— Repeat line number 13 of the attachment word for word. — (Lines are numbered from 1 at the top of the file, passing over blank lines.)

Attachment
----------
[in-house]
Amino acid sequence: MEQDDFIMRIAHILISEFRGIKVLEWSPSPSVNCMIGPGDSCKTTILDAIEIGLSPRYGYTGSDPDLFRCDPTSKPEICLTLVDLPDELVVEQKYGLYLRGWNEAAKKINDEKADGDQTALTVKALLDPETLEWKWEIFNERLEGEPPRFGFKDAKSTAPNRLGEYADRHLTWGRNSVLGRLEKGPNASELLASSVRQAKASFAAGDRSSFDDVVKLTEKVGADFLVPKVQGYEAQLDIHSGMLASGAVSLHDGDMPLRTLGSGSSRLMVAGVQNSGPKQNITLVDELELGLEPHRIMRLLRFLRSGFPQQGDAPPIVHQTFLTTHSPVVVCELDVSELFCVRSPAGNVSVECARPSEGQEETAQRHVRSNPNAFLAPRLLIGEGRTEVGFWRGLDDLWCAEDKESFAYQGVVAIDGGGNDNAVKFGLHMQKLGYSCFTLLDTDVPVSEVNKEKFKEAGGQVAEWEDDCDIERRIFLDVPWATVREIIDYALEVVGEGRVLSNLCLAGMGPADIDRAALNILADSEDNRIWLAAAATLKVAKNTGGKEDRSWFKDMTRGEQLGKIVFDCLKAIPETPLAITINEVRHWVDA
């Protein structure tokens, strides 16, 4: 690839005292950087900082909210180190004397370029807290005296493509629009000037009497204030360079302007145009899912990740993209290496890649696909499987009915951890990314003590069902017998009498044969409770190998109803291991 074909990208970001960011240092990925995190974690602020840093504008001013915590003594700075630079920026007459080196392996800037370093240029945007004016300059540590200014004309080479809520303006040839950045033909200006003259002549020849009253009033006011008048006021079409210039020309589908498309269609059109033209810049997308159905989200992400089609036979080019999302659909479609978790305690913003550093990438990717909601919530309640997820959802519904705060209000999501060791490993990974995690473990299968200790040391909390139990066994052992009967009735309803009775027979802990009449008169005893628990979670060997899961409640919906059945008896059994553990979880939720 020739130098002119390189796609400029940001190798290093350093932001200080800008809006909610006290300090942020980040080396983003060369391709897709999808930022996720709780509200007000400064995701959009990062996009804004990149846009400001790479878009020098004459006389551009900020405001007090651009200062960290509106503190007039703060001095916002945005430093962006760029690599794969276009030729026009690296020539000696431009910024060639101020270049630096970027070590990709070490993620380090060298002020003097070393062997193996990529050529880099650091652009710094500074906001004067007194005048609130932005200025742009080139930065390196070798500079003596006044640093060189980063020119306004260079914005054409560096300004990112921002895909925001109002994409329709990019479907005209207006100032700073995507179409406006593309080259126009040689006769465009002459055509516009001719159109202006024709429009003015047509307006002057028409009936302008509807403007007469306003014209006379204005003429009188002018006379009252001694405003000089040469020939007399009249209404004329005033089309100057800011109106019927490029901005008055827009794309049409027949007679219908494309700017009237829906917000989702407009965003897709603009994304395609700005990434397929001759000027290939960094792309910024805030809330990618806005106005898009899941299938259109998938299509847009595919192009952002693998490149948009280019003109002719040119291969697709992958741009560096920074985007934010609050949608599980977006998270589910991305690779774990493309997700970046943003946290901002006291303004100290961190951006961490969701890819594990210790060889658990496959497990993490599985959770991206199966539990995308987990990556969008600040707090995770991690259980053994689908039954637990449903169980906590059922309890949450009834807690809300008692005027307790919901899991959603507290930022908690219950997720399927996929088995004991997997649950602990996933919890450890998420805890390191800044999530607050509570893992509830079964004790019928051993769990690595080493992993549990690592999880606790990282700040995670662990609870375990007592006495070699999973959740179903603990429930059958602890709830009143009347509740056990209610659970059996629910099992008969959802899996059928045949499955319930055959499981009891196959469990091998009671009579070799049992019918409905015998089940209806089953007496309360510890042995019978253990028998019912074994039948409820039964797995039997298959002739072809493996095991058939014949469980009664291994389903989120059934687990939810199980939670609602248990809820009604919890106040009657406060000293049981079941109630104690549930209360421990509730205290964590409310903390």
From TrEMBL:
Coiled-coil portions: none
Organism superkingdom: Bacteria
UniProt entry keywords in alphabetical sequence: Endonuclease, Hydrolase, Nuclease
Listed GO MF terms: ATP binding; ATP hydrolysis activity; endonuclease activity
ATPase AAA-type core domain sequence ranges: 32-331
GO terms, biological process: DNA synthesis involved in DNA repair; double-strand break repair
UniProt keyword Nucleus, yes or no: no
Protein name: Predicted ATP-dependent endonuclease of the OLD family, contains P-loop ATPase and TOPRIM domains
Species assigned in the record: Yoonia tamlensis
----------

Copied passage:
Species assigned in the record: Yoonia tamlensis